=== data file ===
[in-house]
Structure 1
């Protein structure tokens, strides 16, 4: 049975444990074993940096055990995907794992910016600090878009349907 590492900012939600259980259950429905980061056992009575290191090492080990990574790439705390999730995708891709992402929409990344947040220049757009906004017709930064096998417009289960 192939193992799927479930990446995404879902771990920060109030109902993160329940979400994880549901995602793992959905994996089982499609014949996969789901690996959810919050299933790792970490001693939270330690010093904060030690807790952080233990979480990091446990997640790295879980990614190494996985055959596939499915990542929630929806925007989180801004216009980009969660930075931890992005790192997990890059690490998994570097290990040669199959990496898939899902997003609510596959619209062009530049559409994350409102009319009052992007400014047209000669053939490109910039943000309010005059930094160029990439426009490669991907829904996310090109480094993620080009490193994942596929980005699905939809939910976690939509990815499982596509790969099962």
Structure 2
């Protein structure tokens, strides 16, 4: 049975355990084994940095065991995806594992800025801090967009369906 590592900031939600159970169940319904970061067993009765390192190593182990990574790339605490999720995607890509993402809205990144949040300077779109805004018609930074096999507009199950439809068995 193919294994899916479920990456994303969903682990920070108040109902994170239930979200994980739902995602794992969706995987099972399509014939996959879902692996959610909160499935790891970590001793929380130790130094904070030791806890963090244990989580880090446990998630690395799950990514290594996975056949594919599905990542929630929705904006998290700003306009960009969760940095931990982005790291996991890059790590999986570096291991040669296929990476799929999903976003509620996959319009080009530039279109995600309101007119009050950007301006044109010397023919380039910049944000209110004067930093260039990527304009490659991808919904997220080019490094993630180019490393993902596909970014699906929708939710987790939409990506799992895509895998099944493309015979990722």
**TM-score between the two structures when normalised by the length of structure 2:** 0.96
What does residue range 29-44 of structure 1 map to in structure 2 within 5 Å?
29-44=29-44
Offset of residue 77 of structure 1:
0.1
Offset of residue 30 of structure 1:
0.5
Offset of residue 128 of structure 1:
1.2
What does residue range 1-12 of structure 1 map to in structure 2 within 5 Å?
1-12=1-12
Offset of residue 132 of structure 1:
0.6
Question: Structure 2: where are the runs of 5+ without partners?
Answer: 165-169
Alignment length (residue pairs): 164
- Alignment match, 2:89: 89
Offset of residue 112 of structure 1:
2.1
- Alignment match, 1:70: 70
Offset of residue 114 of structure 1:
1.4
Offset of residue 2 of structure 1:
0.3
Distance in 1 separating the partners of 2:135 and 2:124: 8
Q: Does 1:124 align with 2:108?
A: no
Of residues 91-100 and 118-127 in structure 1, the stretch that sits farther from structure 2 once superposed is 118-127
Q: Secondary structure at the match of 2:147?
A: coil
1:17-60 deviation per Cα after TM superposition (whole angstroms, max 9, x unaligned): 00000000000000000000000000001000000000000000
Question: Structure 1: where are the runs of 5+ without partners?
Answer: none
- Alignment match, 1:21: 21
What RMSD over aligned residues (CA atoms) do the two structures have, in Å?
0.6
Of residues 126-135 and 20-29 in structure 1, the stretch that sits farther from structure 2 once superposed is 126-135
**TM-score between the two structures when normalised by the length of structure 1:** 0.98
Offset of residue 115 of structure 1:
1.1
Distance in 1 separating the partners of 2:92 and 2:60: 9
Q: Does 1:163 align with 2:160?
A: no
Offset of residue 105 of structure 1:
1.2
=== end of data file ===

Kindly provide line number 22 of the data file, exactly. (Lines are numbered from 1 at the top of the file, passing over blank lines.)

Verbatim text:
- Alignment match, 2:89: 89